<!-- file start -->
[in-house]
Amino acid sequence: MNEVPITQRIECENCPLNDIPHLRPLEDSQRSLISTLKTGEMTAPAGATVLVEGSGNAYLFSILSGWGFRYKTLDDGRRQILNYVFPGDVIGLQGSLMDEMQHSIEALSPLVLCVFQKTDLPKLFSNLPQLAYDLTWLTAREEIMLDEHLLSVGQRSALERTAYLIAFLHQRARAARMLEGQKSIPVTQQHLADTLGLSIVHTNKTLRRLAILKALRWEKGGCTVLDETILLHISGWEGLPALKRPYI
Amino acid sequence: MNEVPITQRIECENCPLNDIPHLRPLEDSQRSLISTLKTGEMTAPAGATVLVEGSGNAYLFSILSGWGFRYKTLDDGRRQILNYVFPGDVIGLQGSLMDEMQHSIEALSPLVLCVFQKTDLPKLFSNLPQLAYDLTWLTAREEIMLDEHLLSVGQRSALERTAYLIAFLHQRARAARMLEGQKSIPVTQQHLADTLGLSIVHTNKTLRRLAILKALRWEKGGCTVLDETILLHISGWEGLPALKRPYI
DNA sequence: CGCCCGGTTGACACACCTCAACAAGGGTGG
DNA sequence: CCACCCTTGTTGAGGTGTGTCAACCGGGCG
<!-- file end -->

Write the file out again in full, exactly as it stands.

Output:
[in-house]
Amino acid sequence: MNEVPITQRIECENCPLNDIPHLRPLEDSQRSLISTLKTGEMTAPAGATVLVEGSGNAYLFSILSGWGFRYKTLDDGRRQILNYVFPGDVIGLQGSLMDEMQHSIEALSPLVLCVFQKTDLPKLFSNLPQLAYDLTWLTAREEIMLDEHLLSVGQRSALERTAYLIAFLHQRARAARMLEGQKSIPVTQQHLADTLGLSIVHTNKTLRRLAILKALRWEKGGCTVLDETILLHISGWEGLPALKRPYI
Amino acid sequence: MNEVPITQRIECENCPLNDIPHLRPLEDSQRSLISTLKTGEMTAPAGATVLVEGSGNAYLFSILSGWGFRYKTLDDGRRQILNYVFPGDVIGLQGSLMDEMQHSIEALSPLVLCVFQKTDLPKLFSNLPQLAYDLTWLTAREEIMLDEHLLSVGQRSALERTAYLIAFLHQRARAARMLEGQKSIPVTQQHLADTLGLSIVHTNKTLRRLAILKALRWEKGGCTVLDETILLHISGWEGLPALKRPYI
DNA sequence: CGCCCGGTTGACACACCTCAACAAGGGTGG
DNA sequence: CCACCCTTGTTGAGGTGTGTCAACCGGGCG